Though the list of bizarre shit to be experienced and eventually incorporated into the norm only continues to grow, there are still some things that you just don’t expect to actually encounter for yourself. Cheese-stuffed fried chicken, lapdogs that aren’t insufferable yippy shits, an album brutal enough for Kronos… each of these wonderful oddities exists, but they’re hard at work being hard to find and proving my point. Among this list of wonderment and rarity is deathcore that I can tolerate beyond 15 seconds. Truth be told, I enjoy the shit out of the genre in a live environment, but when processed through a discerning lens in a personal, more peaceful environment, rarely does deathcore hold up on headphones half as well as it does on paper and stage. That said, it does happen from time to time, and Obliterate have done it…
Again! Impending Death is the Canadians’ second time beating down the block, and they’ve certainly fuckin done it this time around. Look no further than the embedded track for a blast of brutal, tightly executed and slightly progressive deathcore in the filthy yet melodic vein of Delta. As of this sentence, I have no idea what said embedded track will be, but I’m right and you’re welcome. Be it “Aneurysm,” “Reconquered,” literally any of Impending Death‘s 8 tracks, the album is consistently comprised of carefully coordinated chaos and calamity, the kind that kicks you in the kidmaker and causes you to crave its continuance. Furthermore, the organic cohesion of the tracks allows – practically demands – the album to do its thing from start to finish in a very natural feeling way, and I didn’t even know that such artsy-fartsy nonsense was allowed in deathcore. Don’t even start with me, ‘core fans, you lot are responsible for Emmure‘s continued existence and I’ll have none of your bullshit.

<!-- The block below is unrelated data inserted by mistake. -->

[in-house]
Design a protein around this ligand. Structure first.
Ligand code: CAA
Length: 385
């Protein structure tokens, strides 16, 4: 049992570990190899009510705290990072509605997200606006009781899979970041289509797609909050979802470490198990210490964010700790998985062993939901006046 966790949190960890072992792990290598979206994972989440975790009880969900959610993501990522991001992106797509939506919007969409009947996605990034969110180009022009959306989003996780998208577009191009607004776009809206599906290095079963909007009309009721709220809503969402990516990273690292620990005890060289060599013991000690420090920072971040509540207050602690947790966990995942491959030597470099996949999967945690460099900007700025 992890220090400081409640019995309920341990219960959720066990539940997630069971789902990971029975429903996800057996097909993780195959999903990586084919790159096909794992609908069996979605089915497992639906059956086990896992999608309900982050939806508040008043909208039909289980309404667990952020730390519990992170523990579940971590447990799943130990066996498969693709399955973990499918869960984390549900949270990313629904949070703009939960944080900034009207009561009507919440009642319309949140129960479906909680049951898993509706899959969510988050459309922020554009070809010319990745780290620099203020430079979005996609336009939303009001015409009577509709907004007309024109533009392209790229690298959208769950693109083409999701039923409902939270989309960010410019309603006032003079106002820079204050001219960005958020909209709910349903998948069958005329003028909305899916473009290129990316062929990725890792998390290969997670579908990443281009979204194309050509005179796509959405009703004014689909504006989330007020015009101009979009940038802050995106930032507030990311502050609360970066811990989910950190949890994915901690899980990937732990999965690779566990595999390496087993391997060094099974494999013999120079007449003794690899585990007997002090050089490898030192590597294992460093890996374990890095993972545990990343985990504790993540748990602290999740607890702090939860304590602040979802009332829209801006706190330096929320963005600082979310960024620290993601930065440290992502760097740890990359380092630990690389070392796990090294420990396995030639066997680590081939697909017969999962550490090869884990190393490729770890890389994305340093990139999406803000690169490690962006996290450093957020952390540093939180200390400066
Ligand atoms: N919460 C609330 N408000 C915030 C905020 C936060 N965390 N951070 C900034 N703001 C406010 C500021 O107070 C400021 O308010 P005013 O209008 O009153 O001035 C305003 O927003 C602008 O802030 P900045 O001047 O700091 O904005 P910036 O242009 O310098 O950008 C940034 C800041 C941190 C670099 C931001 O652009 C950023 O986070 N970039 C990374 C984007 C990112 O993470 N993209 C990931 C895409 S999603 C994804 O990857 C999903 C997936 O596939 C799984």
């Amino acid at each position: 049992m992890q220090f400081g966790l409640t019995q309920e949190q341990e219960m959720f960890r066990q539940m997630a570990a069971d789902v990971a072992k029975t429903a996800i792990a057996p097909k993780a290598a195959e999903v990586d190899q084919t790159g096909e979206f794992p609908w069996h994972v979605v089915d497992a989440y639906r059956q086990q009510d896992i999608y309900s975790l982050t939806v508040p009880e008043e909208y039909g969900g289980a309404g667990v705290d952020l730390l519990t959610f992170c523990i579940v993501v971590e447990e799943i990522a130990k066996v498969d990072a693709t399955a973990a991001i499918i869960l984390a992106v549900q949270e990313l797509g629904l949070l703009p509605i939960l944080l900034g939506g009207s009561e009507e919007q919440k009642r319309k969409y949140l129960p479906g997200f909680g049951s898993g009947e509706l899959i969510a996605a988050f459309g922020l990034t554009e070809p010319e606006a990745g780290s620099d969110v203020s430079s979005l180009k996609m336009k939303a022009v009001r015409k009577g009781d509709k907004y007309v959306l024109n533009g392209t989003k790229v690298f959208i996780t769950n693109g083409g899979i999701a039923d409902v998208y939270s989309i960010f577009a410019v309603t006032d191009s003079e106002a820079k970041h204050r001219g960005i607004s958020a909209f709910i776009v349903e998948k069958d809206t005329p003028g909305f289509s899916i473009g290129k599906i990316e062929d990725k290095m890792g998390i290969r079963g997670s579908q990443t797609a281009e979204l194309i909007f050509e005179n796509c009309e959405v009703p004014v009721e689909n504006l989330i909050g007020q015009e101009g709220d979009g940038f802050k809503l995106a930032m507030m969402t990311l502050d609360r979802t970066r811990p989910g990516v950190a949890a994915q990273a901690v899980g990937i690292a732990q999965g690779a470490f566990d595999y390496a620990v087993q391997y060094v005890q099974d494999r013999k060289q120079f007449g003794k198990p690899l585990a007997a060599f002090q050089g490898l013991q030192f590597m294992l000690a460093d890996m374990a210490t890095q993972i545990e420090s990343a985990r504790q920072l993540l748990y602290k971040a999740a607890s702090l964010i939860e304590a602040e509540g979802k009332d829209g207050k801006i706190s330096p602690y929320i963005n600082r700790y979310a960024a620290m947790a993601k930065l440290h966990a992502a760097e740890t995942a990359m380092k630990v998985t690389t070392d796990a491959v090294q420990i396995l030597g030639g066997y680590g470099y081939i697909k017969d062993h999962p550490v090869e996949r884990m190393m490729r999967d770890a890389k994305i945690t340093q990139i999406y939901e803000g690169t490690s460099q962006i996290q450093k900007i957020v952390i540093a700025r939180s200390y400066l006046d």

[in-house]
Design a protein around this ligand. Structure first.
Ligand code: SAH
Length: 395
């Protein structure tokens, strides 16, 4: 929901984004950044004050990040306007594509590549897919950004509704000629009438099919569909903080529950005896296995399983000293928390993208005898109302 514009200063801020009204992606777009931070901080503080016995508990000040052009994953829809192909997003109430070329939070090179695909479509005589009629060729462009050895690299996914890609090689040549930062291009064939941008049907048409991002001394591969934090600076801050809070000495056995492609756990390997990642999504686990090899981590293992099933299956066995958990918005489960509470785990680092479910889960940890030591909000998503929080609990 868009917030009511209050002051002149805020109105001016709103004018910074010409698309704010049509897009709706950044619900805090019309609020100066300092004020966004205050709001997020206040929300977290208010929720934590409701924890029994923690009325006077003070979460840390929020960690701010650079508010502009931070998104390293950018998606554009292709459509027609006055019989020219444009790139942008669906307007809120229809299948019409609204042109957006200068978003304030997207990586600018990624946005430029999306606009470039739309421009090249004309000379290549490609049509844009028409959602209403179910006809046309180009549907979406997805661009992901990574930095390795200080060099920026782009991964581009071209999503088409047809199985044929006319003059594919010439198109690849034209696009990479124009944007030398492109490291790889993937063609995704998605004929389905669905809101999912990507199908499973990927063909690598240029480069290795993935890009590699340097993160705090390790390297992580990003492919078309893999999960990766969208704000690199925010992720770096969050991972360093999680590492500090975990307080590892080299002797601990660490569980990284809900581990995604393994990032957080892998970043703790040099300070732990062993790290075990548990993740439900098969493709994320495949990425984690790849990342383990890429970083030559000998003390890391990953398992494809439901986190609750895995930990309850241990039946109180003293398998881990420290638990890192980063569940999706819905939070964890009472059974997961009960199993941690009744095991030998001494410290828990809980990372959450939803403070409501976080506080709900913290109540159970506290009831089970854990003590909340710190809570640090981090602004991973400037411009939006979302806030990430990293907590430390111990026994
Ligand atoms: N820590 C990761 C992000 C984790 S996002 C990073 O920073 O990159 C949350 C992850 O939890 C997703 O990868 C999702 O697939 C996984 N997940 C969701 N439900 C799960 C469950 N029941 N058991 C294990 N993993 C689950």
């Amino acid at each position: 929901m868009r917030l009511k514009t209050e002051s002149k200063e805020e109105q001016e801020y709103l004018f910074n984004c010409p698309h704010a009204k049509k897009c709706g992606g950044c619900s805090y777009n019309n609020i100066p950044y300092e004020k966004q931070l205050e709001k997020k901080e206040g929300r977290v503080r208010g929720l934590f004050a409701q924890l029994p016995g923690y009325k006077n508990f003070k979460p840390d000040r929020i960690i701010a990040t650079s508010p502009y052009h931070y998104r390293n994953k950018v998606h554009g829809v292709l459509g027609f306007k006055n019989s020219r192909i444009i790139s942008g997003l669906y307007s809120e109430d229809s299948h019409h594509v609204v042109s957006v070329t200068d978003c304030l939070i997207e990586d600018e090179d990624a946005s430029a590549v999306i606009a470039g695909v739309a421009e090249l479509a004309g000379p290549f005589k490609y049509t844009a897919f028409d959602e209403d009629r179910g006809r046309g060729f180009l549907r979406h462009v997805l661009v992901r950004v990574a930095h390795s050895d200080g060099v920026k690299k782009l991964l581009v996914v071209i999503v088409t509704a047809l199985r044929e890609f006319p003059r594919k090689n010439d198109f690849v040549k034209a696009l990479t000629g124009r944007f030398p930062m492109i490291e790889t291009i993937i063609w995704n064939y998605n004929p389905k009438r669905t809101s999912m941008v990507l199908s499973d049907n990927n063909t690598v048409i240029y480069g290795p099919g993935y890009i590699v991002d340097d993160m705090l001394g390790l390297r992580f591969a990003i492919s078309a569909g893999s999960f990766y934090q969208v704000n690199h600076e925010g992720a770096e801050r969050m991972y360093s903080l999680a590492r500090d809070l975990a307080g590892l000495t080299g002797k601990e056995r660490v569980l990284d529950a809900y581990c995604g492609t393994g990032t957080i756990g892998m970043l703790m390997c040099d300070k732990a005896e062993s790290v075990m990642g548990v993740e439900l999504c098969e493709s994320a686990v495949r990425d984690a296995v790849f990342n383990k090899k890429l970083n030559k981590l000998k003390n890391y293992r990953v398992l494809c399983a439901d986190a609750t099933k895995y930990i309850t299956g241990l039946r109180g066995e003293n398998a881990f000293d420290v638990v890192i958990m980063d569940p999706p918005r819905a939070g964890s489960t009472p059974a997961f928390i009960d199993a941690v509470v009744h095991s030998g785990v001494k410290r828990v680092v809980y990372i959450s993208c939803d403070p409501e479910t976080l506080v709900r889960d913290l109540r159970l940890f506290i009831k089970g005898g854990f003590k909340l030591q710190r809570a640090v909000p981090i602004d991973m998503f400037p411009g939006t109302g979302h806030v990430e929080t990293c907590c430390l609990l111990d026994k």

What makes Impending Death work so well overall is its willingness to do more than beat the living shit out of the listener’s eardrums via breakdown after overdone breakdown. The breakdowns are there, of course, but a distinctly melodic presence exists among the chaos as well, and therein lies the beauty of Impending Death. Guitarists Marcus Adam and Hubert Therrien chug and slam their way right through Kronos‘ alley, driveway and living room, and even the occasionally allotted moment to catch ones breath rarely sees the brutality dialed down at all. Instead of rolling back the distortion and volume and actually chilling out – though this does happen, specifically during the transition from “I, Cerberus” and “Numbers” and to great effect – a sense of serenity is instilled by weaving soaring, melodic fret-board flights within the storm, utilizing the contrast of Delusions of Grandeur-esque proggy bits against the slamming chaos to create a calming effect. Taking a path less traveled in a genre of clones is a risky move but almost always the right one, and Obliterate‘s exploration pays off big-time here.
While deviation from the norm is fine and dandy, a broken mold will only work if some of it holds true enough to form to retain recognizable functionality. To that end, let’s all give a big thank you to drummer Pat Woods and vocalist Rémi Provencher for maintaining the ‘core quo. When it comes to the thundering breakdowns and blastbeats from which deathcore typically draws its power, Woods has the goods, hammering away at the kit like he hates it and ensuring tracks like “In Devil’s Care” never go progging too far away from the core ‘core sound all the while. Further resolving any potential identity crises, Provencher alternates between gut-grumbling growls and throat-shredding shrieks that’ll sound like no place but home to fans of Delta and the like. Make no mistake, this is deathcore, but don’t make the mistake of passing Impending Death by for that alone, as this is some really fucking good deathcore.
A confession before we part: I expected – nay, wanted to hate Impending Death. I’d been looking for something to unload some vitriol on for a while, and I’d believed this to be an easy target for the genre alone. I’m pleasantly pissed to be so angrily surprised; I went digging for blood and stumbled upon gold with this particular album, Obliterate may have forced me to reevaluate my take on deathcore in general with Impending Death. Such unkvlt praise will surely be met with rabbles of dissent from those far more elite and trve than I, but on that note I’ll leave you with two points: save it for the review websites that you write for, yo, and the worst is yet to come.